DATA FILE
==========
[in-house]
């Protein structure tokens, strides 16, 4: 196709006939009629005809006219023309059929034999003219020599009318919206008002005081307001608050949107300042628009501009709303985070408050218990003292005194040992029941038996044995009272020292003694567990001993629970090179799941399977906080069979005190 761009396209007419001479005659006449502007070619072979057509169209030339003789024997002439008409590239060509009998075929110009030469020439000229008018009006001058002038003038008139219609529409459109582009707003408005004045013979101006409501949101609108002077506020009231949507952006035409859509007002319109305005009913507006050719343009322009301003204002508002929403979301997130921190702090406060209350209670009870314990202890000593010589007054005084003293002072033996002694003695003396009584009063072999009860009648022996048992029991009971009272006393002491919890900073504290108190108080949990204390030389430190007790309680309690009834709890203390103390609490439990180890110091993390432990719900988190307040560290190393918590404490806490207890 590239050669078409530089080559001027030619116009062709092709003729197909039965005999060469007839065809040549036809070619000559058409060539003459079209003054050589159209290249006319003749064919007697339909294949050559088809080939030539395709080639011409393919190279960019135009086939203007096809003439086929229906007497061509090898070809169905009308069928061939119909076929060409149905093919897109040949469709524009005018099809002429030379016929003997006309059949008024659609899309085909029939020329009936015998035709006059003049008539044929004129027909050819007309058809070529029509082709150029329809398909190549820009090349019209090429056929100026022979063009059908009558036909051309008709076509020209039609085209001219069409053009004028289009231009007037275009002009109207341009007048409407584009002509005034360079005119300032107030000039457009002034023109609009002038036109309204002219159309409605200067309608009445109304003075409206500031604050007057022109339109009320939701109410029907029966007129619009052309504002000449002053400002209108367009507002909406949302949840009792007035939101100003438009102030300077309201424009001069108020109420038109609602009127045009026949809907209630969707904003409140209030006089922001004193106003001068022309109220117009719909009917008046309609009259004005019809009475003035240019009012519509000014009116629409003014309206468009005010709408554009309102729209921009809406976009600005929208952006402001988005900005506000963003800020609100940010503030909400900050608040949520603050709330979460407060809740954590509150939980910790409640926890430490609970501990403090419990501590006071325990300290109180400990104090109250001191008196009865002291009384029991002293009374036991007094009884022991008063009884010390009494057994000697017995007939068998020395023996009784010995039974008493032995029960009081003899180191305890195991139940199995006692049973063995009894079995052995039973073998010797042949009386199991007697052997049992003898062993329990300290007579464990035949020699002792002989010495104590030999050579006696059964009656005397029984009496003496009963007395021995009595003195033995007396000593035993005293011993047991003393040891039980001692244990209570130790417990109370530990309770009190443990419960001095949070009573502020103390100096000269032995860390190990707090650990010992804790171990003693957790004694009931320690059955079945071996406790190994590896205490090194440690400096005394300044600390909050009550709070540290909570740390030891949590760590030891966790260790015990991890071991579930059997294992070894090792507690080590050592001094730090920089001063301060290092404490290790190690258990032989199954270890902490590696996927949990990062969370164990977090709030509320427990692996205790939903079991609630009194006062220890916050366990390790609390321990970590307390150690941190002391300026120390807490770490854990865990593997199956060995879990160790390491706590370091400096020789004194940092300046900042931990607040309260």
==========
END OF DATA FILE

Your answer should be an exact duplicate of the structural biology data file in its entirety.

[in-house]
């Protein structure tokens, strides 16, 4: 196709006939009629005809006219023309059929034999003219020599009318919206008002005081307001608050949107300042628009501009709303985070408050218990003292005194040992029941038996044995009272020292003694567990001993629970090179799941399977906080069979005190 761009396209007419001479005659006449502007070619072979057509169209030339003789024997002439008409590239060509009998075929110009030469020439000229008018009006001058002038003038008139219609529409459109582009707003408005004045013979101006409501949101609108002077506020009231949507952006035409859509007002319109305005009913507006050719343009322009301003204002508002929403979301997130921190702090406060209350209670009870314990202890000593010589007054005084003293002072033996002694003695003396009584009063072999009860009648022996048992029991009971009272006393002491919890900073504290108190108080949990204390030389430190007790309680309690009834709890203390103390609490439990180890110091993390432990719900988190307040560290190393918590404490806490207890 590239050669078409530089080559001027030619116009062709092709003729197909039965005999060469007839065809040549036809070619000559058409060539003459079209003054050589159209290249006319003749064919007697339909294949050559088809080939030539395709080639011409393919190279960019135009086939203007096809003439086929229906007497061509090898070809169905009308069928061939119909076929060409149905093919897109040949469709524009005018099809002429030379016929003997006309059949008024659609899309085909029939020329009936015998035709006059003049008539044929004129027909050819007309058809070529029509082709150029329809398909190549820009090349019209090429056929100026022979063009059908009558036909051309008709076509020209039609085209001219069409053009004028289009231009007037275009002009109207341009007048409407584009002509005034360079005119300032107030000039457009002034023109609009002038036109309204002219159309409605200067309608009445109304003075409206500031604050007057022109339109009320939701109410029907029966007129619009052309504002000449002053400002209108367009507002909406949302949840009792007035939101100003438009102030300077309201424009001069108020109420038109609602009127045009026949809907209630969707904003409140209030006089922001004193106003001068022309109220117009719909009917008046309609009259004005019809009475003035240019009012519509000014009116629409003014309206468009005010709408554009309102729209921009809406976009600005929208952006402001988005900005506000963003800020609100940010503030909400900050608040949520603050709330979460407060809740954590509150939980910790409640926890430490609970501990403090419990501590006071325990300290109180400990104090109250001191008196009865002291009384029991002293009374036991007094009884022991008063009884010390009494057994000697017995007939068998020395023996009784010995039974008493032995029960009081003899180191305890195991139940199995006692049973063995009894079995052995039973073998010797042949009386199991007697052997049992003898062993329990300290007579464990035949020699002792002989010495104590030999050579006696059964009656005397029984009496003496009963007395021995009595003195033995007396000593035993005293011993047991003393040891039980001692244990209570130790417990109370530990309770009190443990419960001095949070009573502020103390100096000269032995860390190990707090650990010992804790171990003693957790004694009931320690059955079945071996406790190994590896205490090194440690400096005394300044600390909050009550709070540290909570740390030891949590760590030891966790260790015990991890071991579930059997294992070894090792507690080590050592001094730090920089001063301060290092404490290790190690258990032989199954270890902490590696996927949990990062969370164990977090709030509320427990692996205790939903079991609630009194006062220890916050366990390790609390321990970590307390150690941190002391300026120390807490770490854990865990593997199956060995879990160790390491706590370091400096020789004194940092300046900042931990607040309260």